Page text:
I became insane with long intervals of horrible sanity.
Edgar Allen Poe
The trouble with fighting for human freedom is that one spends most of one's time defending scoundrels. For it is against scoundrels that oppressive laws are first aimed, and oppression must be stopped at the beginning if it is to be stopped at all.
- H. L. Mencken
Many people would sooner die than think; In fact, they do so
What I have been telling you, from alpha to omega, what is the one great thing the sigil taught me — that everything in life is miraculous. For the sigil taught me that it rests within the power of each of us to awaken at will from a dragging nightmare of life made up of unimportant tasks and tedious useless little habits, to see life as it really is, and to rejoice in its exquisite wonderfulness. If the sigil were proved to be the top of a tomato-can, it would not alter that big fact, nor my fixed faith. No Harrowby, the common names we call things by do not matter — except to show how very dull we are ...
-James Branch Cabell
February 24, 2018 - 2:52 p.m.
I decided to not blog today. I tried. I couldn't do it. My computer was staring at me with disapproval. I fear it just likes the feel of my fingers on its keyboard, but I can't resist its puppy-dog eyes. Am I in an abusive relationship?
As of two days ago I had no plans for this weekend. I don't worry about that, when the depression is at bay I have no problem amusing myself at home. Yesterday, two musicians contacted me and now I have plans for Saturday and Sunday. I told you yesterday that Deni Bonet called me and offered me a comp to her show at Carnegie Hall. I've been comped there before but from WFUV, this was my first time by an artist. For now, on, should I tell artists, "I'm sorry it won't look good if I go to a show at Rockwood; I'm a Carnegie Hall kinda guy." The answer to that is no.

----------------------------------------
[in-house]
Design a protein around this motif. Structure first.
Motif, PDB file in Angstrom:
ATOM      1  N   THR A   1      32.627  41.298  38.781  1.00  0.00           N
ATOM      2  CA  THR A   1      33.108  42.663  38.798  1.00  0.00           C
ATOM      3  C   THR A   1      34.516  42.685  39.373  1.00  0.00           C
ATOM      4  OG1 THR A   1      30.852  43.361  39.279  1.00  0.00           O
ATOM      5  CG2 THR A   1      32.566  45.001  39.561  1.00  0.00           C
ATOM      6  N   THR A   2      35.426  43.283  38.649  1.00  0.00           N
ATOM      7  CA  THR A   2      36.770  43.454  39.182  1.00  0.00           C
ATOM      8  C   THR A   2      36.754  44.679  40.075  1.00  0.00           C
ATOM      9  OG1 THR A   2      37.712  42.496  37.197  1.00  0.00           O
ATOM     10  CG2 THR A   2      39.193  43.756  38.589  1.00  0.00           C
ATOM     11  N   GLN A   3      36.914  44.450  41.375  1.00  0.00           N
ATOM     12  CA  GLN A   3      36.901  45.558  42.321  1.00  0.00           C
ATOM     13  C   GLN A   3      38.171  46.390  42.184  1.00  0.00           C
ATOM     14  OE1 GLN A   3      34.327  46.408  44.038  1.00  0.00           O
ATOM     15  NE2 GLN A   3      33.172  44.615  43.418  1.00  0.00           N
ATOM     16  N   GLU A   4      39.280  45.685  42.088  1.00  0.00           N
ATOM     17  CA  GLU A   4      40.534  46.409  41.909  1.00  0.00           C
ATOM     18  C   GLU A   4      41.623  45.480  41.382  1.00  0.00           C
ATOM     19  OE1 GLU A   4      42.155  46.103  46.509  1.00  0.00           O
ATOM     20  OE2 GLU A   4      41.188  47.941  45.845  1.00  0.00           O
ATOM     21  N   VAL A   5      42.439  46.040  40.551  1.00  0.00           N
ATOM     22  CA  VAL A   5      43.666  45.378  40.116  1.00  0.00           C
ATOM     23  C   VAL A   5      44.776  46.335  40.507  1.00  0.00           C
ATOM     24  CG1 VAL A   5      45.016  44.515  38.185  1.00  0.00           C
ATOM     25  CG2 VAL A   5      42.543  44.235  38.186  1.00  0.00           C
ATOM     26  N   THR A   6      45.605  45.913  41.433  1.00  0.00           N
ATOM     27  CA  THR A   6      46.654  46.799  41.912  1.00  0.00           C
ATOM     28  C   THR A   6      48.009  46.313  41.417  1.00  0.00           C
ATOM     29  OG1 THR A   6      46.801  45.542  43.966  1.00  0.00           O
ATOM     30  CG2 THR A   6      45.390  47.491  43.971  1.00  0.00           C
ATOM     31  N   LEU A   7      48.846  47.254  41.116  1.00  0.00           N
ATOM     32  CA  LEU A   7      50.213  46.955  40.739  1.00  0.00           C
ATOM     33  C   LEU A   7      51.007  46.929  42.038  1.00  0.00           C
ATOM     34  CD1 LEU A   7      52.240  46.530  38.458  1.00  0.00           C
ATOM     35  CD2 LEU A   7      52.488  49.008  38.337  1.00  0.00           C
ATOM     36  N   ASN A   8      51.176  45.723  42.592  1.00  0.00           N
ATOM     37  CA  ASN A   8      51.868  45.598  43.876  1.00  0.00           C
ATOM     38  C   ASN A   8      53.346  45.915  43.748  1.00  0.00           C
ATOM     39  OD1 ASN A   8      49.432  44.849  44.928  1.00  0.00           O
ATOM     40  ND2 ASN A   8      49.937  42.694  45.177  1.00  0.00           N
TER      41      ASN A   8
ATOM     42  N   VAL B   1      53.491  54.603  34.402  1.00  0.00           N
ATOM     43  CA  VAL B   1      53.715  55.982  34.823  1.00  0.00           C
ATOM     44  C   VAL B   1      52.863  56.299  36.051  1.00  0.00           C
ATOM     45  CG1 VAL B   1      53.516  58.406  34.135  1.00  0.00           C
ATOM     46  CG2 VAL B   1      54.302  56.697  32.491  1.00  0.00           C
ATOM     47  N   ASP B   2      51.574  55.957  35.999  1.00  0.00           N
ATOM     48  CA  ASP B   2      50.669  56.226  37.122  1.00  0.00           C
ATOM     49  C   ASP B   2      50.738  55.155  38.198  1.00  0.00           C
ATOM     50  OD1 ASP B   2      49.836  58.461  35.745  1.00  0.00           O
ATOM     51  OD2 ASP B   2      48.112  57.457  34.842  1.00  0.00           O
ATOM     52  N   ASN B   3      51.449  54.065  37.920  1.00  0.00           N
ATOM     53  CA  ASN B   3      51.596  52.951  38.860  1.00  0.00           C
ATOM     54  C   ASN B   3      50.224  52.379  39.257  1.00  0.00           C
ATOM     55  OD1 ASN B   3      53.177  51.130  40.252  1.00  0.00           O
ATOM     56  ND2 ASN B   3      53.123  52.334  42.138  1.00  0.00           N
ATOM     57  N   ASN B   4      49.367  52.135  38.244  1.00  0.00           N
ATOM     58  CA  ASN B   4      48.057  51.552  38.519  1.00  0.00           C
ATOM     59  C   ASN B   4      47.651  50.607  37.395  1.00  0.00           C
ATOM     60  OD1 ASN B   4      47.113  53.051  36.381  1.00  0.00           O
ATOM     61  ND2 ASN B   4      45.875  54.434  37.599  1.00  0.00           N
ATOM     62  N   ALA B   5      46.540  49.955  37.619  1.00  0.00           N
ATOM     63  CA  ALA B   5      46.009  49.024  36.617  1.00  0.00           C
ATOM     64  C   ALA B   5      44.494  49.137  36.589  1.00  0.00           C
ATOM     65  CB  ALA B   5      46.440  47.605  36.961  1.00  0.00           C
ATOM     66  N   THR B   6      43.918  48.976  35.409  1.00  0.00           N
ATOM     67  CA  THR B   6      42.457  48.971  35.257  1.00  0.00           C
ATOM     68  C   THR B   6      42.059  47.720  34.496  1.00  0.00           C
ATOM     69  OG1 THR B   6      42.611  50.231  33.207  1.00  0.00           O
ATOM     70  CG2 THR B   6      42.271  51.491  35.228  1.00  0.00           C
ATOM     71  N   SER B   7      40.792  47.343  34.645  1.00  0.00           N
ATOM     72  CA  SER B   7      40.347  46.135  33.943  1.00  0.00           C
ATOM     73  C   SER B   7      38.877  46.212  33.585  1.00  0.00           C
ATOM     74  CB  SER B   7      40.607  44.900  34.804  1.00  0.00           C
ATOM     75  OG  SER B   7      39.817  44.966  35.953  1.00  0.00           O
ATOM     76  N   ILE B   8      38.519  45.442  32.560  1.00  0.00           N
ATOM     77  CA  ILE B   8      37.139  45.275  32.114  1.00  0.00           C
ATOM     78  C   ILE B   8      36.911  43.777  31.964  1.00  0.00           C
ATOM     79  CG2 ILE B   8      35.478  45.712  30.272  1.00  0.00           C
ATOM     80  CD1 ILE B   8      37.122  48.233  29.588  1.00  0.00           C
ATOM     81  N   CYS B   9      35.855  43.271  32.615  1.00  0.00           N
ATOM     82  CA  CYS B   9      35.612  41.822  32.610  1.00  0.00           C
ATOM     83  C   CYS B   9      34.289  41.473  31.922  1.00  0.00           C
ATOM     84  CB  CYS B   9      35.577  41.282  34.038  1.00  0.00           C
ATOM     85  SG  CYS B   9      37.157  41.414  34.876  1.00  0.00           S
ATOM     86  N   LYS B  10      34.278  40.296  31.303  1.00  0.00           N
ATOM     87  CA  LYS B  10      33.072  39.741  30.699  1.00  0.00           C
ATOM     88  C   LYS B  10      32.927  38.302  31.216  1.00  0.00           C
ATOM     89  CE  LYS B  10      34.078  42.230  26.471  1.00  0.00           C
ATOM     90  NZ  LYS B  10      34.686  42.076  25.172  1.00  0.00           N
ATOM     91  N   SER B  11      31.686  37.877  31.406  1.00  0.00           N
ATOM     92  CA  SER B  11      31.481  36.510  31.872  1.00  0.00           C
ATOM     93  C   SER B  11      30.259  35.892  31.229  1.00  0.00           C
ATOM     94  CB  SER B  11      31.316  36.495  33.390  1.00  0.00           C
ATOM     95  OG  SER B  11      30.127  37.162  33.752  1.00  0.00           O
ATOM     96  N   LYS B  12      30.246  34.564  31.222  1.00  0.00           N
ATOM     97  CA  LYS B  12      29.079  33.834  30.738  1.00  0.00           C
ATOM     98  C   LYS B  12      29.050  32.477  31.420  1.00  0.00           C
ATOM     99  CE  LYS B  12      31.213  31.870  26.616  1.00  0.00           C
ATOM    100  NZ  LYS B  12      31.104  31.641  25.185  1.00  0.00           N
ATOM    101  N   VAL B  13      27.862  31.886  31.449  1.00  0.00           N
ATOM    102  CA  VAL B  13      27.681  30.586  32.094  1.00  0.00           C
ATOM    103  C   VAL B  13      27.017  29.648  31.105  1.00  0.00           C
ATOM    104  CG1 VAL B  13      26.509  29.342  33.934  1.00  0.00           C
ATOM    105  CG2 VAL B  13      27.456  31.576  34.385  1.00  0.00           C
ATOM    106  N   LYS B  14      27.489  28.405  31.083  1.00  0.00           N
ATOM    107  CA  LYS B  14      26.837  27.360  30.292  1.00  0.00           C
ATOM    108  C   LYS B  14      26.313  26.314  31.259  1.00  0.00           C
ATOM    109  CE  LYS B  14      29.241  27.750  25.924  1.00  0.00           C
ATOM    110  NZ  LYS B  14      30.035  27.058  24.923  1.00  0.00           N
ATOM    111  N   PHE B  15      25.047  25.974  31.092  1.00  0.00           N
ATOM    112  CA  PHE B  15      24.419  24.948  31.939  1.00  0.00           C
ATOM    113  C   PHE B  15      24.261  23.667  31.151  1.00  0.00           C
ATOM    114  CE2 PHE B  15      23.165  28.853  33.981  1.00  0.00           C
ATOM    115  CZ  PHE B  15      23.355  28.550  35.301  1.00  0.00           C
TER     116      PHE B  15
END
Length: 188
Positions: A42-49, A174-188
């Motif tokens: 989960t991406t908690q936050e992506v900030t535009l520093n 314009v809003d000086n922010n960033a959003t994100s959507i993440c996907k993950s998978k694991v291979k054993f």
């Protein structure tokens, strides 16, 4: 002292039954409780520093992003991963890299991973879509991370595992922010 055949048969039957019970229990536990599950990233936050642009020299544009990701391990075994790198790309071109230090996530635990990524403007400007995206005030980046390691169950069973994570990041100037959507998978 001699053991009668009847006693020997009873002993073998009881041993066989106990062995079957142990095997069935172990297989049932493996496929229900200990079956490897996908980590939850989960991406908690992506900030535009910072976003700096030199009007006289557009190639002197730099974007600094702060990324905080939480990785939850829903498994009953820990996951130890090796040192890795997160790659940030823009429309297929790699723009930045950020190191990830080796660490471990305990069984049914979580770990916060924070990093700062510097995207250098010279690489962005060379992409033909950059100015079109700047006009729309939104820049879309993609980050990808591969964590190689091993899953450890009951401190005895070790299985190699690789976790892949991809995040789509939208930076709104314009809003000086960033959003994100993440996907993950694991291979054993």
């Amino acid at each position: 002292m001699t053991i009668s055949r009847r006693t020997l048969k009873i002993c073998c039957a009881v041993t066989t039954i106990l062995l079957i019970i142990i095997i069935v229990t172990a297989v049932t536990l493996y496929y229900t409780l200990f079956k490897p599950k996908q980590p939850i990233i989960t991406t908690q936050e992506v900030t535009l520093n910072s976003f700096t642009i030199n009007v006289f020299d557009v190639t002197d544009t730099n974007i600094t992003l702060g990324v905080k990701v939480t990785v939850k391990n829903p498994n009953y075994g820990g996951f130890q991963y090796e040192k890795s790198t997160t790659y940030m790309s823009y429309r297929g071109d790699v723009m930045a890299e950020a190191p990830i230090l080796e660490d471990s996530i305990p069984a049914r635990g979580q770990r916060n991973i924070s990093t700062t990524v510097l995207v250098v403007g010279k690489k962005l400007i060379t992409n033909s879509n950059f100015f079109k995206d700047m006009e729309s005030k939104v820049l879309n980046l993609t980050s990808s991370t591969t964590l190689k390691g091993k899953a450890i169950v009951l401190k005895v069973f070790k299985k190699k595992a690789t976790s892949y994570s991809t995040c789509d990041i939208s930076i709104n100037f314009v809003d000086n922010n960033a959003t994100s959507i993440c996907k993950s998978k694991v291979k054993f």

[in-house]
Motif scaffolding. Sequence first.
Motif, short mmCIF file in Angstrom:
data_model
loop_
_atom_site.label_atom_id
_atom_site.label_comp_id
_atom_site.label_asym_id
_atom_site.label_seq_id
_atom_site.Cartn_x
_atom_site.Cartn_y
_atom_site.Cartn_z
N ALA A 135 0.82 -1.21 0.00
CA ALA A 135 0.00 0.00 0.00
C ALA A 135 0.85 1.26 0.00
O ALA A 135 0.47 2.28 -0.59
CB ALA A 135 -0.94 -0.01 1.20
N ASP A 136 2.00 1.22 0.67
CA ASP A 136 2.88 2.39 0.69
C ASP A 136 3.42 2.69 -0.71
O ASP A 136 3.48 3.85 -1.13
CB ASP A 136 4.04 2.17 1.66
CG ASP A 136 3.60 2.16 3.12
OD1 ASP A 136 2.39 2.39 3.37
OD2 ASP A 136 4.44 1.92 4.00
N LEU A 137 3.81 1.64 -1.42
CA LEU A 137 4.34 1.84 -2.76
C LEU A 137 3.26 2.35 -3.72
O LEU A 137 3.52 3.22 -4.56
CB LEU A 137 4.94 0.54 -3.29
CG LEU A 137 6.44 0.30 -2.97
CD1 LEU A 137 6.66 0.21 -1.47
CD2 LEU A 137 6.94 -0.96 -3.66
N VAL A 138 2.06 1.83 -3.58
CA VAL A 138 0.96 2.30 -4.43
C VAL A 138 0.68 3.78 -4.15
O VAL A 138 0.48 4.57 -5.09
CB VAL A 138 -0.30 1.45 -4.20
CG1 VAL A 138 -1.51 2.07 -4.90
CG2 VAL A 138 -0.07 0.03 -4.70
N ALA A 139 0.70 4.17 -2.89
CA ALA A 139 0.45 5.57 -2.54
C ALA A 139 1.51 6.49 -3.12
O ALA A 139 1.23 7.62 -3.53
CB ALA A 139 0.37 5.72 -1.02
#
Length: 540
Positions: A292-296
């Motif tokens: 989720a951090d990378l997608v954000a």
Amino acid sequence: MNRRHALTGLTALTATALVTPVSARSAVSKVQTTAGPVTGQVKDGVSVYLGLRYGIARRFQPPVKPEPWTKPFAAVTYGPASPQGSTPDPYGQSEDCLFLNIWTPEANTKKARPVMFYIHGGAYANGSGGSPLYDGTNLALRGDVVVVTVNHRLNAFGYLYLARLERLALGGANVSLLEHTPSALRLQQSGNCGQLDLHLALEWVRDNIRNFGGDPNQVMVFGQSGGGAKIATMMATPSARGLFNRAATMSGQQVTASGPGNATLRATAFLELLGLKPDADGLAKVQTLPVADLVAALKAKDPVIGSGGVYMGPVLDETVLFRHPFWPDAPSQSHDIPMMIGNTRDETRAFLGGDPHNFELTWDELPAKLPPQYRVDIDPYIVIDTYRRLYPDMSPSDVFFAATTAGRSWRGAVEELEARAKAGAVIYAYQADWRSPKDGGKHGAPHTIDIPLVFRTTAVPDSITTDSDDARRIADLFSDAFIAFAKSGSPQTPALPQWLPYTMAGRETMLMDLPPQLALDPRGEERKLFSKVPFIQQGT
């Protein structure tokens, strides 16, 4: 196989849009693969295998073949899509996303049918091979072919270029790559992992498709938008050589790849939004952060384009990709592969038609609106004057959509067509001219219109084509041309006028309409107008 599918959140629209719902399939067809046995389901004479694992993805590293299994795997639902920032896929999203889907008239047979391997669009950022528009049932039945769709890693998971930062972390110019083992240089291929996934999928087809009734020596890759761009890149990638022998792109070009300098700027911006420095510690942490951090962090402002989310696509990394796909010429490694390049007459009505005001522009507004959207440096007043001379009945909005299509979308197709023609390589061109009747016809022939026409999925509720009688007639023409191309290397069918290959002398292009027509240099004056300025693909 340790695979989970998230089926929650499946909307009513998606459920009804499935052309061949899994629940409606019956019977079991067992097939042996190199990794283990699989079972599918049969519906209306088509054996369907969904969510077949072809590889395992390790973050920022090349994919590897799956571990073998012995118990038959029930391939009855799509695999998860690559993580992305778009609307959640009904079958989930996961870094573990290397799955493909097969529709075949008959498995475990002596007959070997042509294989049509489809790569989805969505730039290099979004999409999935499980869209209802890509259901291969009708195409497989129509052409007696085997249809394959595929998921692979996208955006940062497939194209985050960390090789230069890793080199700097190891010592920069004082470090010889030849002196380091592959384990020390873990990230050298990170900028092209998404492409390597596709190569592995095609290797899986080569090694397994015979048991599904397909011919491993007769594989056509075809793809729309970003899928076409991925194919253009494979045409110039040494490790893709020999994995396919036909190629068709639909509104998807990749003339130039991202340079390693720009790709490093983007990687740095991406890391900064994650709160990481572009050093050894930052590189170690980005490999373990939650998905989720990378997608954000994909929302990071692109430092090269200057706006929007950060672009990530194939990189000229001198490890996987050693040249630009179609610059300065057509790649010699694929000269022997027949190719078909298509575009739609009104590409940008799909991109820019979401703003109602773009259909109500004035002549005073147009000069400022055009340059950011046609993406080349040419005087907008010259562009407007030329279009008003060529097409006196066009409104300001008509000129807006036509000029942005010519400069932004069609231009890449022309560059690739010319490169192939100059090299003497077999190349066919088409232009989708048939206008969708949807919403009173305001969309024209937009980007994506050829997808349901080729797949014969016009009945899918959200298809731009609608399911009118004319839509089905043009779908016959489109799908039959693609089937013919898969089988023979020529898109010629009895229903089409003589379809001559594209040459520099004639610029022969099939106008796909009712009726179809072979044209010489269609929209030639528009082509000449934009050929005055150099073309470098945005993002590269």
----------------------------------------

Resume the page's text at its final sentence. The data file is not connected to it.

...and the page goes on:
Then late yesterday, technically today, I got a text from Maura asking if I can merch for The Kennedys Sunday at City Winery. I know it's not Carnegie Hall and It's like a vegan going to Hill Country Barbecue, but I of course said yes. I couldn't figure out how I wasn't already planning on going. I had a suspicion and checked the City Winery website. This is not a Kennedys show; it's a George Harrison Tribute:
Celebrate the music, life and message of the quiet Beatle with Willie Nile, Lucy Kaplansky, Mary Fahl (former lead singer of the October Project), The Kennedys, Victory Boyd and, founding members of The Fab Faux, Rich Pagano and Jack Petruzzelli. Hosted by Joe Raiola.. Pete and Maura do the John Lennon tribute every year and I never asked to do merch as I figured someone would be doing it for the tribute. Maybe I should have asked. I will next year. I have never seen Mary Fahl before, I've wanted to since October Project debuted. I had one opportunity to see them and it was a night there were three other shows going on and chose another one.